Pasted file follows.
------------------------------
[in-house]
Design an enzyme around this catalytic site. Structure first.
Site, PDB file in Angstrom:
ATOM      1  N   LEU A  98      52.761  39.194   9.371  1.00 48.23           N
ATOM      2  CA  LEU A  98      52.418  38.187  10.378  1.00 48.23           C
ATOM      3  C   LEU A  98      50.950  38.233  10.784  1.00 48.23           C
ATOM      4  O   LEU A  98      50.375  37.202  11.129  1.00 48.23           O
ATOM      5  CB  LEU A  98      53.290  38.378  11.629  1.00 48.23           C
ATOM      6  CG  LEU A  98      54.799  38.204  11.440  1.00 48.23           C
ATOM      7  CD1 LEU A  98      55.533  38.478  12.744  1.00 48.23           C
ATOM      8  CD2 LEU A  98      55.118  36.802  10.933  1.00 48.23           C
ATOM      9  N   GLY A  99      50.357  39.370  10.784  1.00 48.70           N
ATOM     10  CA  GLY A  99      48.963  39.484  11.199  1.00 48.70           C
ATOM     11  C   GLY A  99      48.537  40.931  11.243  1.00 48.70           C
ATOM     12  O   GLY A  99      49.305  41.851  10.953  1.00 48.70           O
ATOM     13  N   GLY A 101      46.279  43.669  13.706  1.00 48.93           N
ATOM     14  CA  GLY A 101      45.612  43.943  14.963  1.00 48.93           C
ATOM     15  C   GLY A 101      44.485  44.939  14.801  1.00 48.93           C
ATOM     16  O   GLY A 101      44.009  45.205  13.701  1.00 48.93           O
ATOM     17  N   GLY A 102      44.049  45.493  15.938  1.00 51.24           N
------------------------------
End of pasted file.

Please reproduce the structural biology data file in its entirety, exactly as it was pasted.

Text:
[in-house]
Design an enzyme around this catalytic site. Structure first.
Site, PDB file in Angstrom:
ATOM      1  N   LEU A  98      52.761  39.194   9.371  1.00 48.23           N
ATOM      2  CA  LEU A  98      52.418  38.187  10.378  1.00 48.23           C
ATOM      3  C   LEU A  98      50.950  38.233  10.784  1.00 48.23           C
ATOM      4  O   LEU A  98      50.375  37.202  11.129  1.00 48.23           O
ATOM      5  CB  LEU A  98      53.290  38.378  11.629  1.00 48.23           C
ATOM      6  CG  LEU A  98      54.799  38.204  11.440  1.00 48.23           C
ATOM      7  CD1 LEU A  98      55.533  38.478  12.744  1.00 48.23           C
ATOM      8  CD2 LEU A  98      55.118  36.802  10.933  1.00 48.23           C
ATOM      9  N   GLY A  99      50.357  39.370  10.784  1.00 48.70           N
ATOM     10  CA  GLY A  99      48.963  39.484  11.199  1.00 48.70           C
ATOM     11  C   GLY A  99      48.537  40.931  11.243  1.00 48.70           C
ATOM     12  O   GLY A  99      49.305  41.851  10.953  1.00 48.70           O
ATOM     13  N   GLY A 101      46.279  43.669  13.706  1.00 48.93           N
ATOM     14  CA  GLY A 101      45.612  43.943  14.963  1.00 48.93           C
ATOM     15  C   GLY A 101      44.485  44.939  14.801  1.00 48.93           C
ATOM     16  O   GLY A 101      44.009  45.205  13.701  1.00 48.93           O
ATOM     17  N   GLY A 102      44.049  45.493  15.938  1.00 51.24           N